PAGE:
These galaxies glow green from the intense light emitted from the surroundings of monster black holes at their centers and are among the rarest objects in the universe, the European Southern Observatory reported Wednesday.
While the gas in the center of many galaxies glows from the energy of a black hole, in the case of green bean galaxies the entire galaxy is glowing, not just the center, astronomers said.
The first green bean galaxy observed lies in the constellation Aquarius, and its light has taken about 3.7 billion years to reach Earth, they said.
After the discovery, astronomers searched through a list of nearly a billion other galaxies and identified 16 more with similar properties, confirmed by subsequent telescope observations.
Glowing regions in typical active galaxies are usually small, but in the green bean galaxies the area of ionized gas is as large as the galaxy itself. Ionized oxygen glows bright green, which explains the strange color of these rare cosmic inhabitants, astronomers said.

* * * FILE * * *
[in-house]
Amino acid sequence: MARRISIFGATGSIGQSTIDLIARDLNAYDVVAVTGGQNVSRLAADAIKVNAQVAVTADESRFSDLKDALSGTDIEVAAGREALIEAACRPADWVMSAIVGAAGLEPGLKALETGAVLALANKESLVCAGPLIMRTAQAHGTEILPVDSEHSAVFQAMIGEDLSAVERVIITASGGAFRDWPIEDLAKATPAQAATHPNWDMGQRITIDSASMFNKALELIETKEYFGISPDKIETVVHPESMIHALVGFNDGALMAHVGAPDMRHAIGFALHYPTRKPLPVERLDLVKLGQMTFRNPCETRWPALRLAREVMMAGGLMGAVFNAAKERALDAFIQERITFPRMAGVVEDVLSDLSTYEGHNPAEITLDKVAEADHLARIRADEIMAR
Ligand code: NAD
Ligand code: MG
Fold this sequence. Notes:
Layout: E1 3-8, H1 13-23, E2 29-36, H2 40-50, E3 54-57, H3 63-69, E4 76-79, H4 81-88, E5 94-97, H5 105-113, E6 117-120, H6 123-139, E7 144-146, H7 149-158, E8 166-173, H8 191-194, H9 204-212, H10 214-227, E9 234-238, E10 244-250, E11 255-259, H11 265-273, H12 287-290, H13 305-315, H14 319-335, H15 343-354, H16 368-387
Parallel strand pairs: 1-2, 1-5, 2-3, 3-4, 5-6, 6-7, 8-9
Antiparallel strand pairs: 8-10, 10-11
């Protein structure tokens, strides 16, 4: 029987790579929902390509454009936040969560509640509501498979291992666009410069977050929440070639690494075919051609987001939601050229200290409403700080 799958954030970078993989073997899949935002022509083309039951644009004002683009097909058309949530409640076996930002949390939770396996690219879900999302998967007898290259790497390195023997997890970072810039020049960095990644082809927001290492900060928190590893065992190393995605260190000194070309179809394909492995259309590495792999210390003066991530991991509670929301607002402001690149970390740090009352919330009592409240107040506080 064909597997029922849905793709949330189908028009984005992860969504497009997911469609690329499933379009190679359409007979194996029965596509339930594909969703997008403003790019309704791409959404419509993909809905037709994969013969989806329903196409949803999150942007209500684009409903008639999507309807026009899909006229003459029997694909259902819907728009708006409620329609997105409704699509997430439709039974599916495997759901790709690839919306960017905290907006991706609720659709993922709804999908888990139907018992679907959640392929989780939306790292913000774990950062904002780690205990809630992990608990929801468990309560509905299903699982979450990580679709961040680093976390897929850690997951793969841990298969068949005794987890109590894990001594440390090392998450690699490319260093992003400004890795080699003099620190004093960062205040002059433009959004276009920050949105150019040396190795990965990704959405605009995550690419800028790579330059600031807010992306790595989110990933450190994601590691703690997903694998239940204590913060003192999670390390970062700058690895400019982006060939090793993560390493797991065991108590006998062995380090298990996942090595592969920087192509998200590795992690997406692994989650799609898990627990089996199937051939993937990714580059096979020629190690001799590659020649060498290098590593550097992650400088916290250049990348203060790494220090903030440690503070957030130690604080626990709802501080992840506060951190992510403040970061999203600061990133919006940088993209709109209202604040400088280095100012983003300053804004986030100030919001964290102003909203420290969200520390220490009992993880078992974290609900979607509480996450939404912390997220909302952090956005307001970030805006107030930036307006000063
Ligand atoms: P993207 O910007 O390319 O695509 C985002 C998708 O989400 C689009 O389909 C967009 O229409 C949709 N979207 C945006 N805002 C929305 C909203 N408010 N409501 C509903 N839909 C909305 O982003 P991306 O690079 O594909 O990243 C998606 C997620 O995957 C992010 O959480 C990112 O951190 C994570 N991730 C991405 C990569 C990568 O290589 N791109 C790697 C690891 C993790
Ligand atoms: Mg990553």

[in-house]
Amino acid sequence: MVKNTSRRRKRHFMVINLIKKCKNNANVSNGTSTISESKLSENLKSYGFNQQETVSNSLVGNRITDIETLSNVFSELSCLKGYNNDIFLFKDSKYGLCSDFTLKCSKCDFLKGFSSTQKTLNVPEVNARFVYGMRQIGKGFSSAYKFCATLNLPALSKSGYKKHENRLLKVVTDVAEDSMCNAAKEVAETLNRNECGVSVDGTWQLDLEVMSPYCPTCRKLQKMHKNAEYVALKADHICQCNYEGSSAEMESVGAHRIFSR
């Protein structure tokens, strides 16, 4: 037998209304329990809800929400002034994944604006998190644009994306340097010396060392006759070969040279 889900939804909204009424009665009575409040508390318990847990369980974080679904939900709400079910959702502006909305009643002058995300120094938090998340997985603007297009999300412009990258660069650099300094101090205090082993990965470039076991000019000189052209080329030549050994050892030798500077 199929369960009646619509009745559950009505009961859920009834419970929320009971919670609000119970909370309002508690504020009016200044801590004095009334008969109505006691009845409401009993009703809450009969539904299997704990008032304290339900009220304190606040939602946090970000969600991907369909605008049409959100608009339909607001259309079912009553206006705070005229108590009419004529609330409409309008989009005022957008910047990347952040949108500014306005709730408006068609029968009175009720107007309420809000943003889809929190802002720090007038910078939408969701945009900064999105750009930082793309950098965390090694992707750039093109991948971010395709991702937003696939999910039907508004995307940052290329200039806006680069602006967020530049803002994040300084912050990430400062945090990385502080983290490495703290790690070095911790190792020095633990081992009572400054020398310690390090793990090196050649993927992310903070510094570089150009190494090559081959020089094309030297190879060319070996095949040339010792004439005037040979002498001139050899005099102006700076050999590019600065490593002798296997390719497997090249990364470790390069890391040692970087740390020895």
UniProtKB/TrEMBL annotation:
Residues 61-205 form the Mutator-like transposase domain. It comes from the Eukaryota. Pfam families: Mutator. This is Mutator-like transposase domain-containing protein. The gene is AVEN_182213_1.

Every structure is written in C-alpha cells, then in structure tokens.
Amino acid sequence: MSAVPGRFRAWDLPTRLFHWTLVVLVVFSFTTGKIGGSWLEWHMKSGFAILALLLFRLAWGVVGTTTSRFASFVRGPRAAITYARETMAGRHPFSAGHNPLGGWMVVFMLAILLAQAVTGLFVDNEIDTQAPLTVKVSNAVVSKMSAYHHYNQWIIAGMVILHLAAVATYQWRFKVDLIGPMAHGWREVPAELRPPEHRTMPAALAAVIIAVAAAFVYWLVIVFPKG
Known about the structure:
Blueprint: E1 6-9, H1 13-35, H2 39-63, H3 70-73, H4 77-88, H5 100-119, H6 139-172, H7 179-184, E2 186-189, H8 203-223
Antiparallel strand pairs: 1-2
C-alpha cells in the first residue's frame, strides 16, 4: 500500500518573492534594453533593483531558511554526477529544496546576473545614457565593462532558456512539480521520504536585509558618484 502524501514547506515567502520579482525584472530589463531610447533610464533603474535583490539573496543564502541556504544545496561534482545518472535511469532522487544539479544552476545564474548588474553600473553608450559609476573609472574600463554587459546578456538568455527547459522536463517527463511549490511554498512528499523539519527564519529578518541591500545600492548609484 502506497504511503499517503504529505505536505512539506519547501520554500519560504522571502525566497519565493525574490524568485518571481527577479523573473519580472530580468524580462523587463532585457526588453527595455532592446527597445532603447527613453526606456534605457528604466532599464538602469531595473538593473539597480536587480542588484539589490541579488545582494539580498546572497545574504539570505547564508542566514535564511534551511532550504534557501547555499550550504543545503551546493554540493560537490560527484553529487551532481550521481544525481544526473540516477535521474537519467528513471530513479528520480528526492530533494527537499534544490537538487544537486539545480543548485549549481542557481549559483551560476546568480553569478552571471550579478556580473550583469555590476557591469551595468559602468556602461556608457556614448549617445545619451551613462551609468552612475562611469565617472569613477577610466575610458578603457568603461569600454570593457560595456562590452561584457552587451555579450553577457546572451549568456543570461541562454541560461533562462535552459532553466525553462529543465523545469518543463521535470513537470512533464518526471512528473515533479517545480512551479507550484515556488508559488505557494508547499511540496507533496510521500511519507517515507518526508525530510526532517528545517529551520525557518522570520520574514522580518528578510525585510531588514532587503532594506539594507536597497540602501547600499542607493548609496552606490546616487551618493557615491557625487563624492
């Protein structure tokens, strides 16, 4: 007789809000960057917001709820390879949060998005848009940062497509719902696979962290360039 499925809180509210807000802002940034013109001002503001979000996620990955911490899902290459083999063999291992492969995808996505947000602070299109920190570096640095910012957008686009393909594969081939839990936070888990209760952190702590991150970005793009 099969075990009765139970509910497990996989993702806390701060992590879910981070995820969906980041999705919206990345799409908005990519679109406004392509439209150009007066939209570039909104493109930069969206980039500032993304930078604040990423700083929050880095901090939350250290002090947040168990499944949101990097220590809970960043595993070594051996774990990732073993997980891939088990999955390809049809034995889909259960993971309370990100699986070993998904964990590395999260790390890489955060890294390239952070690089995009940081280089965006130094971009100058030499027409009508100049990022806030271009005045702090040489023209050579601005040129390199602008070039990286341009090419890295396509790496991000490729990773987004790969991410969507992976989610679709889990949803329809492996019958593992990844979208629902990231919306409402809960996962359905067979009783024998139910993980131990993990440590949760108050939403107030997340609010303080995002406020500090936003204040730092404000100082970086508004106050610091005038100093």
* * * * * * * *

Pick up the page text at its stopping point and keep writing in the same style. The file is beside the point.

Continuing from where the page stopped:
"These glowing regions are fantastic probes to try to understand the physics of galaxies -- it's like sticking a medical thermometer into a galaxy far, far away," Mischa Schirmer of the Gemini Observatory in Chile said.
"Usually, these regions are neither very large nor very bright, and can only be seen well in nearby galaxies. However, in these newly discovered galaxies they are so huge and bright that they can be observed in great detail, despite their large distances."
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